This time, it's the Penn State Nittany Lions:
Penn State surprised a lot of people by having a decent season despite what was supposed to be crippling sanctions from the NCAA. New head coach Bill O'Brien began the Nittany Lions' long road back to healing after the Jerry Sandusky scandal cost Joe Paterno his job and his reputation.
It was a rocky start as Penn State dropped their first two games to Ohio University of the MAC and a Virgina team that ended up going 4-8. The Nittany Lions quickly rebounded with five straight wins over Navy, Temple, Illinois, Northwestern, and Iowa. Penn State won all five by a sizable margin, except for Northwestern, the only close bout of the bunch.
O'Brien's squad finished 6-2 in the Big Ten with its only two losses coming to Ohio State and Nebraska. Normally this would have meant finishing 2nd in the Leaders Division and a trip to the Insight Bowl, but Penn State's bowl ban kept them out of the post-season, and the year ended with Senior Day against Wisconsin, where they won 24-21 in overtime.
Expectations Coming In:
Penn State fans were reeling from the flurry of events that transpired where Sandusky's crimes were brought to light, school administrators were shown to have been aware of his acts, and Joe Paterno was unceremoniously fired. Then came the head-scratcher of a hire with Bill O'Brien, whose only claim to fame had been that he'd gotten into an argument with Tom Brady. Then the Paterno statue was taken down to the chagrin of many fans. Finally the NCAA levied huge sanctions against the football program, banning them from bowl games for four years, taking away a handful of scholarships, and allowing any current Penn State football player to transfer and be eligible to play immediately at his destination.
So when the football season actually came around, fans had a lot more on their minds than expectations. The general opinion of the college football world was that Penn State would turn into a smoldering crater thanks to the sanctions, bad press, and O'Brien's general lack of experience as a head coach and on the collegiate level. If there was anything the Nittany Lions could play for, it would be for solidarity and the chance to spoil the seasons of their fellow Big Ten teams.
Best Moment of 2012:
If we're going strictly by games, it's probably a three-way tie between the win against Navy, the win against Iowa, and the win against Wisconsin. The win against Navy was the first for the Bill O'Brien era and a much-needed moment of positivity for the fans and players to cling to and use as momentum. The win against Iowa stands out because the Nittany Lions ground the Hawkeyes into dust at Iowa's homecoming and was the first tangible sign that Penn State wouldn't roll over. Finally, the win against Wisconsin was an overtime thriller where Penn State's seniors, who had rallied the team together in the face of all the bad press, could leave the program on a high note.
If we're going by something other than games, it was probably the realization that O'Brien was a surprisingly competent head coach. Despite the sanctions, O'Brien not only led the program to an 8-win season, but he also landed the commitment of heralded quarterback Christian Hackenberg and won the Big Ten Coach of the Year award.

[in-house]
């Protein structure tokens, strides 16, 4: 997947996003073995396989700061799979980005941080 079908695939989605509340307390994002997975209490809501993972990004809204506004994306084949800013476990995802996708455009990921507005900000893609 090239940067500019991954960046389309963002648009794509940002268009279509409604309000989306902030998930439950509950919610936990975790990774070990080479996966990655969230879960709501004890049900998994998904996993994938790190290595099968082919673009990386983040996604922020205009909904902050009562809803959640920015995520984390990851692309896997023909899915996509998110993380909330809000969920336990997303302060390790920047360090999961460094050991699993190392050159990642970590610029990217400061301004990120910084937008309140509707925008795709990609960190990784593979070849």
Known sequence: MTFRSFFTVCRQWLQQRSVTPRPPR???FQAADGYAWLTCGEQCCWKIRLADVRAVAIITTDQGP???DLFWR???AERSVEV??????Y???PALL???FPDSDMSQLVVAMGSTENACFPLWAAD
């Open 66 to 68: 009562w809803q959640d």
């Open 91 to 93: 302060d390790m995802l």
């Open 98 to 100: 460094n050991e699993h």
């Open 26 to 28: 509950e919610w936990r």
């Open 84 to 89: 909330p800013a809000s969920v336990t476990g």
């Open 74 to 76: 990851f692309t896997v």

Worst Moment of 2012:
On the field, the opening loss to the Ohio Bobcats was about as rough as you could get, leading many fans to think that Penn State would barely manage a 2-10 season. The following week's loss to a struggling Virginia team made it seem like the universe just wanted Penn State to fail.
Off the field, take your pick. The whole situation surrounding Joe Paterno is a polarizing issue for everyone, fans and non-fans, so it will really depend on the person you ask. I know Penn State fans who say that the worst moment they experienced was hearing the sanctions announced. Others will say it was when the statue was taken down.
Expectations Going Forward:
O'Brien isn't the first coach to shock people with an impressive, winning record in his first year, even in his first year as a head coach. He's done something more important than just win; he's given Penn State fans (and even the rest of college football) a reason to watch his team. More than a few eyes will check in on the Nittany Lions over the next few years to see if O'Brien's debut was just a flash in the pan or if it's the start of something bigger. The program won't be able to compete for conference or national championships until 2016, but they can make everyone else nervous until then.
Penn State's fans likely won't judge the program how they used to judge it. It's not about what bowl they go to, or about whether or not they win the Big Ten title. It will be more about how they play on television, by how much they beat the other Big Ten teams, and how O'Brien's equally impressive recruiting pans out. Most fans will find an easy reason to melt down if the program drops more than four games in 2013, as they'll be expecting a consistent, break-even level of competitiveness throughout the sanctions; others will just wait patiently for the sanctions to end and watch only because they love Penn State.